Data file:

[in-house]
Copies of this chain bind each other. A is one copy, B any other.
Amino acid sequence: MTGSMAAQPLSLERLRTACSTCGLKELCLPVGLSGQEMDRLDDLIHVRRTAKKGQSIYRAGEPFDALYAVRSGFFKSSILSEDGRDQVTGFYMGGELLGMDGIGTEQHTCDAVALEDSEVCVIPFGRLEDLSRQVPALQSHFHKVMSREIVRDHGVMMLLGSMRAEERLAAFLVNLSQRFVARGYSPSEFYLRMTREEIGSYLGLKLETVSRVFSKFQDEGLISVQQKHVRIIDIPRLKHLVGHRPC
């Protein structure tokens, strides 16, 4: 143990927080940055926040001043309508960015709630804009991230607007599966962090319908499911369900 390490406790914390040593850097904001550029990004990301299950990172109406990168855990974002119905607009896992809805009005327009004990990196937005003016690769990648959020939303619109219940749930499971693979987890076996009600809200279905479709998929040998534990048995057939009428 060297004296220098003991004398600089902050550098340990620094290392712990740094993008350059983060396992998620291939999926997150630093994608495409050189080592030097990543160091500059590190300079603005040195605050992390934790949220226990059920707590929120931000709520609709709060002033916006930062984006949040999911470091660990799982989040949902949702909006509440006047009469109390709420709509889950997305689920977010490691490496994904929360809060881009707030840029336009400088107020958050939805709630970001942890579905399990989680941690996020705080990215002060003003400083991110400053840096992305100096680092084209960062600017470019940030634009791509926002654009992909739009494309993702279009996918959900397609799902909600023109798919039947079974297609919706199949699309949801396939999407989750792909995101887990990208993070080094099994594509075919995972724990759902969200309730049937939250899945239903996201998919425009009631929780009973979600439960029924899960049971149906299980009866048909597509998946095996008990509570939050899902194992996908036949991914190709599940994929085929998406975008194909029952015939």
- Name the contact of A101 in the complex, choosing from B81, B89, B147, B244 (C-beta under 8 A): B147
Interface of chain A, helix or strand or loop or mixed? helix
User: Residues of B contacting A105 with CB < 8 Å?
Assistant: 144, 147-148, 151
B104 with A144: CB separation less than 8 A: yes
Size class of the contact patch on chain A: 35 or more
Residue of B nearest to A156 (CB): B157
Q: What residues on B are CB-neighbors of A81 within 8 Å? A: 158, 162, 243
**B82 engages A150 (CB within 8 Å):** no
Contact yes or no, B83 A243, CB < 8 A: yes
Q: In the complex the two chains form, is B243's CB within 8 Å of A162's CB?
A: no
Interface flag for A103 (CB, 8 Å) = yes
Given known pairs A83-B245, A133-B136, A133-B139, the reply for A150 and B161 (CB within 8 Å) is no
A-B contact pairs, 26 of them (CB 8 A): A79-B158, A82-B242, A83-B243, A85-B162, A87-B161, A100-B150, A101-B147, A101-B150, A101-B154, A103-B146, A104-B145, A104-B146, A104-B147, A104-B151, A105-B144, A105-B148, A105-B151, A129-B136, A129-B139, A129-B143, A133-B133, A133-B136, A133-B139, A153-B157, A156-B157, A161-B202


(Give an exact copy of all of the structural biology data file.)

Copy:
[in-house]
Copies of this chain bind each other. A is one copy, B any other.
Amino acid sequence: MTGSMAAQPLSLERLRTACSTCGLKELCLPVGLSGQEMDRLDDLIHVRRTAKKGQSIYRAGEPFDALYAVRSGFFKSSILSEDGRDQVTGFYMGGELLGMDGIGTEQHTCDAVALEDSEVCVIPFGRLEDLSRQVPALQSHFHKVMSREIVRDHGVMMLLGSMRAEERLAAFLVNLSQRFVARGYSPSEFYLRMTREEIGSYLGLKLETVSRVFSKFQDEGLISVQQKHVRIIDIPRLKHLVGHRPC
């Protein structure tokens, strides 16, 4: 143990927080940055926040001043309508960015709630804009991230607007599966962090319908499911369900 390490406790914390040593850097904001550029990004990301299950990172109406990168855990974002119905607009896992809805009005327009004990990196937005003016690769990648959020939303619109219940749930499971693979987890076996009600809200279905479709998929040998534990048995057939009428 060297004296220098003991004398600089902050550098340990620094290392712990740094993008350059983060396992998620291939999926997150630093994608495409050189080592030097990543160091500059590190300079603005040195605050992390934790949220226990059920707590929120931000709520609709709060002033916006930062984006949040999911470091660990799982989040949902949702909006509440006047009469109390709420709509889950997305689920977010490691490496994904929360809060881009707030840029336009400088107020958050939805709630970001942890579905399990989680941690996020705080990215002060003003400083991110400053840096992305100096680092084209960062600017470019940030634009791509926002654009992909739009494309993702279009996918959900397609799902909600023109798919039947079974297609919706199949699309949801396939999407989750792909995101887990990208993070080094099994594509075919995972724990759902969200309730049937939250899945239903996201998919425009009631929780009973979600439960029924899960049971149906299980009866048909597509998946095996008990509570939050899902194992996908036949991914190709599940994929085929998406975008194909029952015939």
- Name the contact of A101 in the complex, choosing from B81, B89, B147, B244 (C-beta under 8 A): B147
Interface of chain A, helix or strand or loop or mixed? helix
User: Residues of B contacting A105 with CB < 8 Å?
Assistant: 144, 147-148, 151
B104 with A144: CB separation less than 8 A: yes
Size class of the contact patch on chain A: 35 or more
Residue of B nearest to A156 (CB): B157
Q: What residues on B are CB-neighbors of A81 within 8 Å? A: 158, 162, 243
**B82 engages A150 (CB within 8 Å):** no
Contact yes or no, B83 A243, CB < 8 A: yes
Q: In the complex the two chains form, is B243's CB within 8 Å of A162's CB?
A: no
Interface flag for A103 (CB, 8 Å) = yes
Given known pairs A83-B245, A133-B136, A133-B139, the reply for A150 and B161 (CB within 8 Å) is no
A-B contact pairs, 26 of them (CB 8 A): A79-B158, A82-B242, A83-B243, A85-B162, A87-B161, A100-B150, A101-B147, A101-B150, A101-B154, A103-B146, A104-B145, A104-B146, A104-B147, A104-B151, A105-B144, A105-B148, A105-B151, A129-B136, A129-B139, A129-B143, A133-B133, A133-B136, A133-B139, A153-B157, A156-B157, A161-B202